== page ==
Abstract and Keywords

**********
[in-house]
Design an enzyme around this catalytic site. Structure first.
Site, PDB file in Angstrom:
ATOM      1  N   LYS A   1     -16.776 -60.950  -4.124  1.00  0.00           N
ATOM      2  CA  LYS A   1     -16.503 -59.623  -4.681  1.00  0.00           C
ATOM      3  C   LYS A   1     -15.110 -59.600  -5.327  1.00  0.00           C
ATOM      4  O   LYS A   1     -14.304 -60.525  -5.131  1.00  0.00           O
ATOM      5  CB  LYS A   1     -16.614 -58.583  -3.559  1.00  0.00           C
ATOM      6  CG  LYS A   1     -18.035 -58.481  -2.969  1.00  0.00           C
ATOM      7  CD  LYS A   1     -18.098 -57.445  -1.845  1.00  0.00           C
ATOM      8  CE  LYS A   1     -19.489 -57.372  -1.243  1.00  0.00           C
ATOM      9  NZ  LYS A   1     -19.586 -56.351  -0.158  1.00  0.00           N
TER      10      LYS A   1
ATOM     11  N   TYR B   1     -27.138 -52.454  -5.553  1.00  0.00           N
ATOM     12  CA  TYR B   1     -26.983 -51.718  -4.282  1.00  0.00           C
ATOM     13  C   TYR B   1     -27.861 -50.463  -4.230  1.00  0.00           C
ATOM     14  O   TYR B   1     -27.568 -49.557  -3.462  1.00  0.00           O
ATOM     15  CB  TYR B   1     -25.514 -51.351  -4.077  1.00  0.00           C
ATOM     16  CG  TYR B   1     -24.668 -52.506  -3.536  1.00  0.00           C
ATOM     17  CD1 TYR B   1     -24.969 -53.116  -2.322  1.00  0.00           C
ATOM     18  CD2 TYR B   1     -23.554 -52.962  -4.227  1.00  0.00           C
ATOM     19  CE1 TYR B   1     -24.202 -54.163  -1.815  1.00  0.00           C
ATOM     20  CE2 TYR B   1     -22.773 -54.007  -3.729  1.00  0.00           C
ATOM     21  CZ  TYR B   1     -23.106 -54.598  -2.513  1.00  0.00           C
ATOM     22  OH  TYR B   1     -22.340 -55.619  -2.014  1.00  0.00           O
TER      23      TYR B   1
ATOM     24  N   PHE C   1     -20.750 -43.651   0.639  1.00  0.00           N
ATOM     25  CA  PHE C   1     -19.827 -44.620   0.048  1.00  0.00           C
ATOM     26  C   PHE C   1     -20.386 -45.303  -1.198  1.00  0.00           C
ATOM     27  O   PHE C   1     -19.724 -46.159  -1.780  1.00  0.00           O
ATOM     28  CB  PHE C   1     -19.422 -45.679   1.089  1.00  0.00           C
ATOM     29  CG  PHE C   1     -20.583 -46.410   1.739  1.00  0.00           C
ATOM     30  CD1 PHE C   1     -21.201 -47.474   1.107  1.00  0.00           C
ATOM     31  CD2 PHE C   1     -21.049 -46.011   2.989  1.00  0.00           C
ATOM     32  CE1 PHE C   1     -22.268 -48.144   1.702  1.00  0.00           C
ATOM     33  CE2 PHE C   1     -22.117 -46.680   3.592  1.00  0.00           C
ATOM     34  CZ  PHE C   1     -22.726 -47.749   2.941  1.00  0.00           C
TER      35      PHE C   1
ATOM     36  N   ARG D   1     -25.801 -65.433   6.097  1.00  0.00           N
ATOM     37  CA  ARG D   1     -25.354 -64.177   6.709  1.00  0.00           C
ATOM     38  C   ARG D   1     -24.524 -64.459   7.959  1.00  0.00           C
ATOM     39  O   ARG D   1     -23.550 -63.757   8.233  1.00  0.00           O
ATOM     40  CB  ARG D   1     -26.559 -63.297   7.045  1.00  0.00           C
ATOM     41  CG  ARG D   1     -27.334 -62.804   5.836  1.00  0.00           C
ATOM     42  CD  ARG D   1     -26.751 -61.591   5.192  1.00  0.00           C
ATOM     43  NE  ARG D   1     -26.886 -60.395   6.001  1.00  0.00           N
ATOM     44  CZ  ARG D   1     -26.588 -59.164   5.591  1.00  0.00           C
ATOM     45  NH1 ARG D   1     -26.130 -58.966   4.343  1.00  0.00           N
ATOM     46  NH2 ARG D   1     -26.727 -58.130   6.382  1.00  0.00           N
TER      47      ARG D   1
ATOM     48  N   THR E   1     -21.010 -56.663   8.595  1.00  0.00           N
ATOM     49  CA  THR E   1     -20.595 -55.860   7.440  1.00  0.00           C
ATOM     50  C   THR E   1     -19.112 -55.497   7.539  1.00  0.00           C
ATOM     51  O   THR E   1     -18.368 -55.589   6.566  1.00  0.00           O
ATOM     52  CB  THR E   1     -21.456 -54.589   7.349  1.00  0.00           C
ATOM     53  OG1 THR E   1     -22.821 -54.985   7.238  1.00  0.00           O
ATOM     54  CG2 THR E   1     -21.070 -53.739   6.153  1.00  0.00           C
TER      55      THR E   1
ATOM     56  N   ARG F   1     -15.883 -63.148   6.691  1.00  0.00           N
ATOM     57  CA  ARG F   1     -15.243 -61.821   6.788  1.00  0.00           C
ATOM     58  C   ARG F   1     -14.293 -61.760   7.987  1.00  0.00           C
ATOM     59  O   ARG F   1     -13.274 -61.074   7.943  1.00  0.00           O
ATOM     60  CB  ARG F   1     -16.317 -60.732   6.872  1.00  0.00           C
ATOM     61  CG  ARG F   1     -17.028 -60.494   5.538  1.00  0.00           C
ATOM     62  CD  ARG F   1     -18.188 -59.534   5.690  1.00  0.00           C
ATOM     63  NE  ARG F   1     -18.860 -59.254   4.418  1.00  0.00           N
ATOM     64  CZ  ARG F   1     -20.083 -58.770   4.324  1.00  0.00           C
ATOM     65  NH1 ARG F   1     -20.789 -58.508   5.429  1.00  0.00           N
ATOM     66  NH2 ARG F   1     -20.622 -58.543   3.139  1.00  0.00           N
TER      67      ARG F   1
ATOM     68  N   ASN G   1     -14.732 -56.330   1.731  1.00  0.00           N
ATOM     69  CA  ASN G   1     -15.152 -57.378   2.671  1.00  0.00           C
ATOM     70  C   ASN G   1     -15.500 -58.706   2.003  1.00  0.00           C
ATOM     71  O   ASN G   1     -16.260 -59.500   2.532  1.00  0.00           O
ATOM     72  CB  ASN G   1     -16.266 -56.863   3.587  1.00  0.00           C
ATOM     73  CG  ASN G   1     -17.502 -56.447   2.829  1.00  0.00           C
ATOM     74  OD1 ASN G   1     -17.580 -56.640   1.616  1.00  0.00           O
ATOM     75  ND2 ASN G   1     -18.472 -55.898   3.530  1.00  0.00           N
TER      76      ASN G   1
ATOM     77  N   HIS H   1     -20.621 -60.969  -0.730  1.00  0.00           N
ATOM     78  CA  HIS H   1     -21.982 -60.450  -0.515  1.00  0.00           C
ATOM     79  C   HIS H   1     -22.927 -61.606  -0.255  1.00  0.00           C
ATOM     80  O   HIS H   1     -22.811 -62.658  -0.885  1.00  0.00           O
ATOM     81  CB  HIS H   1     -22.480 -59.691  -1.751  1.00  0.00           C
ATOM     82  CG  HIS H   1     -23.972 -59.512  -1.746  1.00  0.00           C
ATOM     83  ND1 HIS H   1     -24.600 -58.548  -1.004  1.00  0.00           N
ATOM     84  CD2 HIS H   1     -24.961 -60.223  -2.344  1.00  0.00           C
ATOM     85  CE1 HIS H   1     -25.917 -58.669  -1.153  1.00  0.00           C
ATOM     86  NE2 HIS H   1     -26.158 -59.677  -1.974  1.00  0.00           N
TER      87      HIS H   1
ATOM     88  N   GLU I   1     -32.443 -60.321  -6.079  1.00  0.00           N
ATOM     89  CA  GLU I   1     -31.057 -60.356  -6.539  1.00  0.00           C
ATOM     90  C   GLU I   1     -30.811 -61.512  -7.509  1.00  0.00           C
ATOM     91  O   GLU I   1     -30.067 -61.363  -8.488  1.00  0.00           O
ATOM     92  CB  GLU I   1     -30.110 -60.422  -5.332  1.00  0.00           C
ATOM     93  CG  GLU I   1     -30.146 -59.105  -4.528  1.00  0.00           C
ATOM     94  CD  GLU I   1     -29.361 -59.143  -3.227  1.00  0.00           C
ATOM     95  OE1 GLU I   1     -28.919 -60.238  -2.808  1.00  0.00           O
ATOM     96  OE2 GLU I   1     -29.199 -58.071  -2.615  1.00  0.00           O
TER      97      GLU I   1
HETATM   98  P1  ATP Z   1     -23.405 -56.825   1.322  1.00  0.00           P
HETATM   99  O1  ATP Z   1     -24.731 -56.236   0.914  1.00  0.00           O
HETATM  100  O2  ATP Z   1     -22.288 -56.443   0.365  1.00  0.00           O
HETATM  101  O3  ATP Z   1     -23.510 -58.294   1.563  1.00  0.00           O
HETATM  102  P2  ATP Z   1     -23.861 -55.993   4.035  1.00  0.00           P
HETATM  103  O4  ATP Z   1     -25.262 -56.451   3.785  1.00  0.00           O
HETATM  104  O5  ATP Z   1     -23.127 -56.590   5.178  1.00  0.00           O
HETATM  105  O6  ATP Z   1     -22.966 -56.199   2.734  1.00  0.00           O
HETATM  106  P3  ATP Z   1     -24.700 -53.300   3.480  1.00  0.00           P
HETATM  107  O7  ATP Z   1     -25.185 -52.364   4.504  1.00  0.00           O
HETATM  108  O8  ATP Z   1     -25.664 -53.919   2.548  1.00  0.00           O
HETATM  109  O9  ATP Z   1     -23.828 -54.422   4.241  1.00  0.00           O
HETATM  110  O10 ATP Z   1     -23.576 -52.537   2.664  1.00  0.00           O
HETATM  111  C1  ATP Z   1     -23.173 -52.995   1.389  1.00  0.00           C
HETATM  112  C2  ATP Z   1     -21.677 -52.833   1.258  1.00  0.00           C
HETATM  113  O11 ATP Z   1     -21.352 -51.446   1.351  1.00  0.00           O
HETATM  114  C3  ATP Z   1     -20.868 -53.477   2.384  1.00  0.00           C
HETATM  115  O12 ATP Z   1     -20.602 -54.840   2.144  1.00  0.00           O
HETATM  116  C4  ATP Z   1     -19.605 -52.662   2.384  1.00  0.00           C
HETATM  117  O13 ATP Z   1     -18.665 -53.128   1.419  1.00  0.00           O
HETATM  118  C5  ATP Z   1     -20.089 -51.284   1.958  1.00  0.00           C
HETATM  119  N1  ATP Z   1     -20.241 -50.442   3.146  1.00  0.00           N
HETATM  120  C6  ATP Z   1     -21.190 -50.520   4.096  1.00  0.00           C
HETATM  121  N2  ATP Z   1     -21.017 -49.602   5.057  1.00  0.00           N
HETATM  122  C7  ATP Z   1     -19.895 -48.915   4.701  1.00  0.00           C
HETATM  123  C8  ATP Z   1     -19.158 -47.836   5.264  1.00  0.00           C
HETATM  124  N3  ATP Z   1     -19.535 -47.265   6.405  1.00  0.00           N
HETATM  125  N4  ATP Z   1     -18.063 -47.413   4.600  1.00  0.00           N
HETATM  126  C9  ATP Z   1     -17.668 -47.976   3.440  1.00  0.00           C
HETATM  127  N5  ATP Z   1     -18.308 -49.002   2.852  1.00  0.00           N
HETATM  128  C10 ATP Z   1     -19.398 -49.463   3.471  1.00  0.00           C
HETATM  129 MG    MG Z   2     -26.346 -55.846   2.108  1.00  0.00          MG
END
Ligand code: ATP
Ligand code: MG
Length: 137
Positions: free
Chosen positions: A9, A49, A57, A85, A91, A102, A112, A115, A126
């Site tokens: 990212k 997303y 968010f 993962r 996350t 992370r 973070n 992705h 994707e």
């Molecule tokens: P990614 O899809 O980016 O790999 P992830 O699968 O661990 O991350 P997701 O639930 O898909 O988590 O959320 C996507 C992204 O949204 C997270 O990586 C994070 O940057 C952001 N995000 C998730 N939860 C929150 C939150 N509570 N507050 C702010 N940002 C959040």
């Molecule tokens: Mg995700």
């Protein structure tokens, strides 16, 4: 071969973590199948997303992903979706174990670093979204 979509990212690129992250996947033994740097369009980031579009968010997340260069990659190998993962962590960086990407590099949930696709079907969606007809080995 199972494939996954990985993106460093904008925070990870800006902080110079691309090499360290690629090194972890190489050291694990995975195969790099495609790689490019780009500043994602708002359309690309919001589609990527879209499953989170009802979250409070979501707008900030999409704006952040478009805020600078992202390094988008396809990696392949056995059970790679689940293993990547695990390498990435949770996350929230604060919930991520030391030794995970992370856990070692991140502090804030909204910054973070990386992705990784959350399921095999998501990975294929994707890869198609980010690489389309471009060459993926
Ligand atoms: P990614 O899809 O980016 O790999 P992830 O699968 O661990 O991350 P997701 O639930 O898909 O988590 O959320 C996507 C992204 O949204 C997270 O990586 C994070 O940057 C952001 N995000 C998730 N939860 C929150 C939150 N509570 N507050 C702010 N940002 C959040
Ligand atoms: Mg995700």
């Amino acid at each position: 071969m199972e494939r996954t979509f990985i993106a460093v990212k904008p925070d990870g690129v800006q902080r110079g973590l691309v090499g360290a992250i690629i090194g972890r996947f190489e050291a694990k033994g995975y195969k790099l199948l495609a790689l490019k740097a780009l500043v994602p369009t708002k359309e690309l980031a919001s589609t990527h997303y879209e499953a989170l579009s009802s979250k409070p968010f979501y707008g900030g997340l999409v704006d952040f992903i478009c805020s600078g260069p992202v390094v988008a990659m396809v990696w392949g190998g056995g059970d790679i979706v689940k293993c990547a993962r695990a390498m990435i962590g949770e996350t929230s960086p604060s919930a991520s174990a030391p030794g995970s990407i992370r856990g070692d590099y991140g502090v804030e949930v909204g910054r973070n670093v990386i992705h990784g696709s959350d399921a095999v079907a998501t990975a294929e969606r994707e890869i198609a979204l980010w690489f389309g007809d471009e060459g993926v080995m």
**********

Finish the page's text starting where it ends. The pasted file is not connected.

Capitalist development is a contradictory process prone to structural crises—the genesis, nature, and outcome of which are historically contingent and the resolution of which changes the terrain for the development of future crises. Crises are always historically specific; they occur within particular periods of capitalist development and must be theorized using the tools of historical materialsm in relation to the class and state matrices of that period. This article analyzes the specific class, state, and imperial configurations of the particular historical conjunctures in which the four structural crises of capitalism’s history have occurred from the late nineteenth century to the opening decades of the twenty-first century
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